• Estonia: Will send its former prime minister, Andrus Ansip.
  • Malta: Appointed its tourism minister, Karmenu Vella.
  • Italy: The Italian PM Matteo Renzi stood by his first choice, foreign affairs minister Federica Mogherini, who has been mooted to take on the role of EU foreign affairs chief, replacing Britain’s Catherine Ashton. Mogherini secured the backing of socialist leaders in July but faced fierce opposition from Eastern European and Baltic states at the July Summit.
  • Bulgaria: Outgoing commissioner for humanitarian aid Kristalina Georgieva, from the centre-right, has a strong track record to lead foreign affairs over the next five years. She was designated by her national government, despite being affiliated to an opposition party and not the socialist party in government.
  • France: Hoping to get the portfolio of Economic and Monetary Affairs, France has brought former finance minister Pierre Moscovici forward for the Brussels job. But the recent spats in president Hollande’s government has weakened the country’s bargaining position and Moscovici’s bid faces resistance from Germany.
  • Poland: The six-largest EU member state and rising European powerhouse could get the foreign policy portfolio, for which its nominee, Foreign affairs minister Radoslaw Sikorski, is seen as an excellent candidate.
  • Spain: The frontrunner, Miguel Arias Cañete, is former agriculture minister in Spain and has a good background to get the European agriculture portfolio. But Spain could still negotiate its way to the coveted Economic and Monetary Affairs portfolio with another candidate: Minister of Economy and Competitiveness, Luis de Guindos.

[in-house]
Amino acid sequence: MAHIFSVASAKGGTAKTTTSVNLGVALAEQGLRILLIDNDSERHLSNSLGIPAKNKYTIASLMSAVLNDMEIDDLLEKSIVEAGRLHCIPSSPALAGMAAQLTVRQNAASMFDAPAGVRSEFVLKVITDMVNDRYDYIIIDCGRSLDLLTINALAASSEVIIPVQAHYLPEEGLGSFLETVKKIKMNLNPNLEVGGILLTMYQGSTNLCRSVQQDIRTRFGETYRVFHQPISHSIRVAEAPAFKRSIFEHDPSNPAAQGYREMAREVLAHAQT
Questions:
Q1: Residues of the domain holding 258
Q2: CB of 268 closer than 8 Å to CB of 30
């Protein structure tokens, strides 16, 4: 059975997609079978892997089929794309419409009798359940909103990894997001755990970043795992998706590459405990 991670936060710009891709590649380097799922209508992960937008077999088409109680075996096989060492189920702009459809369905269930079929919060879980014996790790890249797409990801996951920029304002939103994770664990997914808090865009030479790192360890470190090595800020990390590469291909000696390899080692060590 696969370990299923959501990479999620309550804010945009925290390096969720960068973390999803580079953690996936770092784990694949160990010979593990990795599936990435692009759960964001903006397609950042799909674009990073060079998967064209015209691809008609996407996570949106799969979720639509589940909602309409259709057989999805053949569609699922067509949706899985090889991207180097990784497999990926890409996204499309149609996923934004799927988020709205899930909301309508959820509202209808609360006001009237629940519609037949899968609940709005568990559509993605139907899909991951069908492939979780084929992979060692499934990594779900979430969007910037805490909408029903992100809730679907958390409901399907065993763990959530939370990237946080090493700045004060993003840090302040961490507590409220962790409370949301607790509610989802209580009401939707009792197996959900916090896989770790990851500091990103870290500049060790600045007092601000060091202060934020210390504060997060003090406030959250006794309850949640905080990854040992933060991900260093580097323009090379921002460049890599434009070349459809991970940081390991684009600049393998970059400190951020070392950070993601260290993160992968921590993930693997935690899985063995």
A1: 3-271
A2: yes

• Portugal: Nominated its secretary of state to the Prime Minister, Carlos Moedas, to take on the Brussels role.
  • Czech Republic: Vera Jourova, minister for local development, was nominated by the government ahead of the last summit in July.
  • Hungary: Foreign affairs minister, Tibor Navracsics, was nominated by the government.
  • Sweden: The incumbent Swedish commissioner for home affairs, Cecilia Malmström, was confirmed to prolong her stay in Brussels.
  • Greece: The Minister for Defence, Dimitris Avramopoulos, moves to Brussels.
  • Slovenia: The Balkan country’s government sent a list of potential commissioners to Juncker, which contains two female candidates, most likely to get a decent portfolio from Juncker.

For four countries, the outcome is still unclear: Belgium, Cyprus, Denmark and The Netherlands. The latter three handed over a list of potential nominees to Juncker, a source confirmed to EURACTIV, but these lists are kept secret.